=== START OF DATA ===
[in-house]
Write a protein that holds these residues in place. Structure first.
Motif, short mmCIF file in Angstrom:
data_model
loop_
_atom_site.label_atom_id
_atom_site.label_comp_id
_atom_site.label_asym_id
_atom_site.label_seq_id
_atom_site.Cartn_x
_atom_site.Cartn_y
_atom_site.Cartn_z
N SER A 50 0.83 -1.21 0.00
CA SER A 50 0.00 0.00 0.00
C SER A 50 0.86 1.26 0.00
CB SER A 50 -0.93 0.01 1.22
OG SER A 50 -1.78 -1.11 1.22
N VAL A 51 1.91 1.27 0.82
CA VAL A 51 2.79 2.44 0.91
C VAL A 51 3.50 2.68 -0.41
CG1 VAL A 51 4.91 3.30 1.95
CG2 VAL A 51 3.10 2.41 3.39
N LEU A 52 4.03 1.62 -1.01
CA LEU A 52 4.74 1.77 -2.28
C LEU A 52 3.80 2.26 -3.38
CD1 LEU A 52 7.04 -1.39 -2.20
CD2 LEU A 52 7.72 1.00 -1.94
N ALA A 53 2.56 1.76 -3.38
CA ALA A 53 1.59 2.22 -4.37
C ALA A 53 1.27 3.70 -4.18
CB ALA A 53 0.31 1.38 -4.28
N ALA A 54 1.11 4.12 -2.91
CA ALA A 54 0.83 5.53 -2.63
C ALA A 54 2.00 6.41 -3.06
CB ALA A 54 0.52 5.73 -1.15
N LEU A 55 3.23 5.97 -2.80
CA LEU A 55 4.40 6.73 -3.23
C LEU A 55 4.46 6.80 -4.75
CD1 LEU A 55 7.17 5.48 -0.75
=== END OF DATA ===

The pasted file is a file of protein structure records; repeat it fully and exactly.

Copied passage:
[in-house]
Write a protein that holds these residues in place. Structure first.
Motif, short mmCIF file in Angstrom:
data_model
loop_
_atom_site.label_atom_id
_atom_site.label_comp_id
_atom_site.label_asym_id
_atom_site.label_seq_id
_atom_site.Cartn_x
_atom_site.Cartn_y
_atom_site.Cartn_z
N SER A 50 0.83 -1.21 0.00
CA SER A 50 0.00 0.00 0.00
C SER A 50 0.86 1.26 0.00
CB SER A 50 -0.93 0.01 1.22
OG SER A 50 -1.78 -1.11 1.22
N VAL A 51 1.91 1.27 0.82
CA VAL A 51 2.79 2.44 0.91
C VAL A 51 3.50 2.68 -0.41
CG1 VAL A 51 4.91 3.30 1.95
CG2 VAL A 51 3.10 2.41 3.39
N LEU A 52 4.03 1.62 -1.01
CA LEU A 52 4.74 1.77 -2.28
C LEU A 52 3.80 2.26 -3.38
CD1 LEU A 52 7.04 -1.39 -2.20
CD2 LEU A 52 7.72 1.00 -1.94
N ALA A 53 2.56 1.76 -3.38
CA ALA A 53 1.59 2.22 -4.37
C ALA A 53 1.27 3.70 -4.18
CB ALA A 53 0.31 1.38 -4.28
N ALA A 54 1.11 4.12 -2.91
CA ALA A 54 0.83 5.53 -2.63
C ALA A 54 2.00 6.41 -3.06
CB ALA A 54 0.52 5.73 -1.15
N LEU A 55 3.23 5.97 -2.80
CA LEU A 55 4.40 6.73 -3.23
C LEU A 55 4.46 6.80 -4.75
CD1 LEU A 55 7.17 5.48 -0.75